“As I'm sure you're aware, life and living is WAY different out here.  Public transit is not the common way of getting around, neighbors and neighborhoods are separated by canyons and fences/gates, and the earth below you may move strangely once in a while.  But there's also mostly good weather to be had year round, good food (yes, I know, but NYC!), and a variety of vibes to choose from depending on your mood.  The first friends you encounter/make will more than likely NOT be native Californians but transplants like me, and you.

I'm looking forward to seeing how your move informs your art, and wish you happy times and prolific creative output.


Thank you Robert!

See you again next Wednesday.






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A guy inside my head


The move, part 2 with musical reflections

[press play]

song: “Hudson”

[music & lyrics c. Trevor Exter - all rights reserved]

got a guy inside my head who doesn't like me

can't stand my type, my band, my sign

but you seem to handle me just fine

I've got the wings, just need the wheels

show me something

something that'll make me feel

I seek to belong but also to control. I want delight but also health. Tension much?

I want to feel safe but also powerful, so cello is the perfect instrument for me because you know it's never gonna go perfectly.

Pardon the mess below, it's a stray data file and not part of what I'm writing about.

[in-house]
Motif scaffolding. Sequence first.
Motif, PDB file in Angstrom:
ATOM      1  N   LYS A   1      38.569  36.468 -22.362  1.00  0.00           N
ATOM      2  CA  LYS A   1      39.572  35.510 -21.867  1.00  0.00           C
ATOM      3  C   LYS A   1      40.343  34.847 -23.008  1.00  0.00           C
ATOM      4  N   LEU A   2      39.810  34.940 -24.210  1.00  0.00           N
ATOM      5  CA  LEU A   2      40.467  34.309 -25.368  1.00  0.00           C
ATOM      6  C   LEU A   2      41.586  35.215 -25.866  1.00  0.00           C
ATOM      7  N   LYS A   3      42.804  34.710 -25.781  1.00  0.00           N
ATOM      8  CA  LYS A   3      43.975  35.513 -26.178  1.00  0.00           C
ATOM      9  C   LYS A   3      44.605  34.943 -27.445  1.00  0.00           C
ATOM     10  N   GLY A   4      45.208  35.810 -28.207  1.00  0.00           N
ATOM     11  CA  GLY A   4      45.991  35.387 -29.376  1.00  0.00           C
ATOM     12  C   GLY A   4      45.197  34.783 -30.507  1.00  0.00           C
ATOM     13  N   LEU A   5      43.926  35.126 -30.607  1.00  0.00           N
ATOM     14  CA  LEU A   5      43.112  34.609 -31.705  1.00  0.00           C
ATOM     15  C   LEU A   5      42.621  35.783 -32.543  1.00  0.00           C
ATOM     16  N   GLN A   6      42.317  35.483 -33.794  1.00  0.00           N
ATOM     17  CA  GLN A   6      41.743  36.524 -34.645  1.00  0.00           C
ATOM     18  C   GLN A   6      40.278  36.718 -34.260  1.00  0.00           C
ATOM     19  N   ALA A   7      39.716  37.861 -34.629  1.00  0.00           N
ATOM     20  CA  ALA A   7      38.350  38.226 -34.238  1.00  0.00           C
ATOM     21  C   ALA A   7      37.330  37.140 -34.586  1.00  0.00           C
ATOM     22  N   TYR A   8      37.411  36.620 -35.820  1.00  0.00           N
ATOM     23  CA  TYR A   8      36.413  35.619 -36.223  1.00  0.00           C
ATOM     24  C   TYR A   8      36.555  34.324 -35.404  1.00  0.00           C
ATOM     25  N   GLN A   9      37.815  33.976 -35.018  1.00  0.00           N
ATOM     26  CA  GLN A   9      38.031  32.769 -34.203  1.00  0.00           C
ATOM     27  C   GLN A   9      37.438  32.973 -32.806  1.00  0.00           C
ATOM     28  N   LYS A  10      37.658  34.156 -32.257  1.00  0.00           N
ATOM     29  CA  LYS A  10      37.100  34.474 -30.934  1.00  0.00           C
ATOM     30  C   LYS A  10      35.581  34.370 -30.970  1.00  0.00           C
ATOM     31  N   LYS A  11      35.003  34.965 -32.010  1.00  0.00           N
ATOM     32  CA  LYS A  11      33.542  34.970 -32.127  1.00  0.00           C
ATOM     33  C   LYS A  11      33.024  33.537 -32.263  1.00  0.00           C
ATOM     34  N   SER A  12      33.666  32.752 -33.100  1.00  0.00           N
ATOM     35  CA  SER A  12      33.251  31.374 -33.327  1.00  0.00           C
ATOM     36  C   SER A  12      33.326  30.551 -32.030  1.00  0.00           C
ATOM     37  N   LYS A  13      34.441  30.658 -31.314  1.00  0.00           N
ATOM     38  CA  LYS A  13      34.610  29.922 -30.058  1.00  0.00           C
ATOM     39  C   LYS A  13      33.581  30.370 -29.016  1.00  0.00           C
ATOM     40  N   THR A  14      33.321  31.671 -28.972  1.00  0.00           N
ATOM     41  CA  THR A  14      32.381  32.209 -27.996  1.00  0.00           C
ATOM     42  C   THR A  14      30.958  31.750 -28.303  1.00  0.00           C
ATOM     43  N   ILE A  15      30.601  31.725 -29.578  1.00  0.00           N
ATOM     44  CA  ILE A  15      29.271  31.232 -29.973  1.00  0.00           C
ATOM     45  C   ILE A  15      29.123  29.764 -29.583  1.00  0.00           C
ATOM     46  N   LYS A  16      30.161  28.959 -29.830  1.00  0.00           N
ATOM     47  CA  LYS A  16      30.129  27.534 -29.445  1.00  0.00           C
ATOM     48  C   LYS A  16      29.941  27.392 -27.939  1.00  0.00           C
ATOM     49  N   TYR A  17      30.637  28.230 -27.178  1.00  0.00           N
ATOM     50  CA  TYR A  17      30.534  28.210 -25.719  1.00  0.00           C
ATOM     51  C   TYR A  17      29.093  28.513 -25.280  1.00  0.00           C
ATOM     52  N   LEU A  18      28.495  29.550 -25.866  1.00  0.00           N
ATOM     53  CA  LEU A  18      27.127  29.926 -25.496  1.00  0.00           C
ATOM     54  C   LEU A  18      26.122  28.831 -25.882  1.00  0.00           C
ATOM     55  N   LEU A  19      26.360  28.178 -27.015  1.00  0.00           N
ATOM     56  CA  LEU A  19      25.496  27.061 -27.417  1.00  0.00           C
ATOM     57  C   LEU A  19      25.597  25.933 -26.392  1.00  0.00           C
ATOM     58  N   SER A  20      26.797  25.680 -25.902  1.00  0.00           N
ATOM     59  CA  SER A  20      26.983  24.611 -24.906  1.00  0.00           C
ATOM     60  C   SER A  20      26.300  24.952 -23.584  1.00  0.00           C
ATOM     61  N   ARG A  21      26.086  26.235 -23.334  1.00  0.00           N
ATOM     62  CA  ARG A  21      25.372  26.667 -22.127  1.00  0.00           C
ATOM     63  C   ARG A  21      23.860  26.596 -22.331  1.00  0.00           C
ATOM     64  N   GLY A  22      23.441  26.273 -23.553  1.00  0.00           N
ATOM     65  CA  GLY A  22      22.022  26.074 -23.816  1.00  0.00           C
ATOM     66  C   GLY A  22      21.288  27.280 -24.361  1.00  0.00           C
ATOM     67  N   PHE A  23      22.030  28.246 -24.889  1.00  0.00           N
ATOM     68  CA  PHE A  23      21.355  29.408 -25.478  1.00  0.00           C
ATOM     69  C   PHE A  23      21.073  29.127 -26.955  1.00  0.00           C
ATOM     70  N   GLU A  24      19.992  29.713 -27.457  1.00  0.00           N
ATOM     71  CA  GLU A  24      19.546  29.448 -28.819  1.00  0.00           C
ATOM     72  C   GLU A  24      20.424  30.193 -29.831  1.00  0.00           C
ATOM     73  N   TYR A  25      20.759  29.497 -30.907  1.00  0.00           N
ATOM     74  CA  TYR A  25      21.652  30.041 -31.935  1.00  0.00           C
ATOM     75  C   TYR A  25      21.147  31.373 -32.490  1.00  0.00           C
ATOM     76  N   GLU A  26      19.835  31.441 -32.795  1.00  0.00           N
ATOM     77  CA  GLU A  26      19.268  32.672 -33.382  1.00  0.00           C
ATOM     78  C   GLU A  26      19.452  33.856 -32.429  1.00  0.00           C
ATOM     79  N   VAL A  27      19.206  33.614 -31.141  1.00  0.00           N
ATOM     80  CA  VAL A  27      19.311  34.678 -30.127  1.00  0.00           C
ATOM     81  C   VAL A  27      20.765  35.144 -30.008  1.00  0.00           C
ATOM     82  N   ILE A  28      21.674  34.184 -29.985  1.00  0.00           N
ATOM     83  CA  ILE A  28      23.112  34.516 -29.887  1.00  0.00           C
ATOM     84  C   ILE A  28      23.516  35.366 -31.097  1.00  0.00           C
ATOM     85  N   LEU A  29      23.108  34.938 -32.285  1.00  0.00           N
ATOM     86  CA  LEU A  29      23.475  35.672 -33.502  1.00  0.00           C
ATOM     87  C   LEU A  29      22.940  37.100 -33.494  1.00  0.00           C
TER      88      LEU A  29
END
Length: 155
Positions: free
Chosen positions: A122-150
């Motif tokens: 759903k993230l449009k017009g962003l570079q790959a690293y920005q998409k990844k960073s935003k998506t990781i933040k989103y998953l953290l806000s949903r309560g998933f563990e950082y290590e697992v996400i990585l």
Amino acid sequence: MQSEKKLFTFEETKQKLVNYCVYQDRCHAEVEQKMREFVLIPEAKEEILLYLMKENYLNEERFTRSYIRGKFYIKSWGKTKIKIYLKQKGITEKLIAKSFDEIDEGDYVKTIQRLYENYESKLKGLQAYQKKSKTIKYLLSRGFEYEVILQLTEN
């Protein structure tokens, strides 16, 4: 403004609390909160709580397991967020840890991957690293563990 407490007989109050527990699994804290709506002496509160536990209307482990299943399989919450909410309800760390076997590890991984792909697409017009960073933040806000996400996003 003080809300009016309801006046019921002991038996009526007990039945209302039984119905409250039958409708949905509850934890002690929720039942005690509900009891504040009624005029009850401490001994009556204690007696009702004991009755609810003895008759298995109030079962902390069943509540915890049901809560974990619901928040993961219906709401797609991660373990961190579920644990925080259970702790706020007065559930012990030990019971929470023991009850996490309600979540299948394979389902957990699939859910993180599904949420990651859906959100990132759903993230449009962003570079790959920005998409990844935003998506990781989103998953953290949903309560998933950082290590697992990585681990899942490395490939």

I got a love the size of the sun

that could boil the ocean

rose above I've not, no prizes won

see I'm just one

your mind is a window, body is the sky

can't live without the one

without the other you won't ask why

We do the long tones to make the sound warm and fluid. I've also been dusting off my bounce matrix - that thing is hard to execute in real time.

Honestly, most of my practicing is to address my own feelings, an effort to feel safe in the face of potential mistakes and to make a compelling (i.e. powerful) sound.

We forget that the cello drill is not taught so that we can feel good, but so that we can do the cello job.

But what if...

why keep it to yourself

can't be someone else

don't keep it to yourself

talk is cheap inside a shell

What if, when we played the cello we got to feel the way a listener wants to feel when they hear the cello?

(warm, emotional, thrilled)

What if we could benefit from our own musical medicine?

I got a g-d follows me around, saving my hide

though I tried slippin away

you know it ain't fake tonight

here in this house of love

got to do things right

some day I'll run clear in the light

That's my goal, which partly explains why I've done so little performing lately. Not only is cello hard and awkward to play, but booking and promoting gigs can often run counter to the real work of music, which among other things is healing.

why keep it to yourself

can't be someone else

don't keep it to yourself

talk is cheap inside a shell

In order to heal a listener, the musician has to first heal themselves. And I've been engaged in some deep healing of late.

But the songs are about ready to burst.

They've been doing their job for me, so I'm starting to think about trying them out on you.

I'm looking forward to a release (it's still very far away).

But I will be booking a show soon.


Thanks for all your notes last week. Big ups, keep em coming.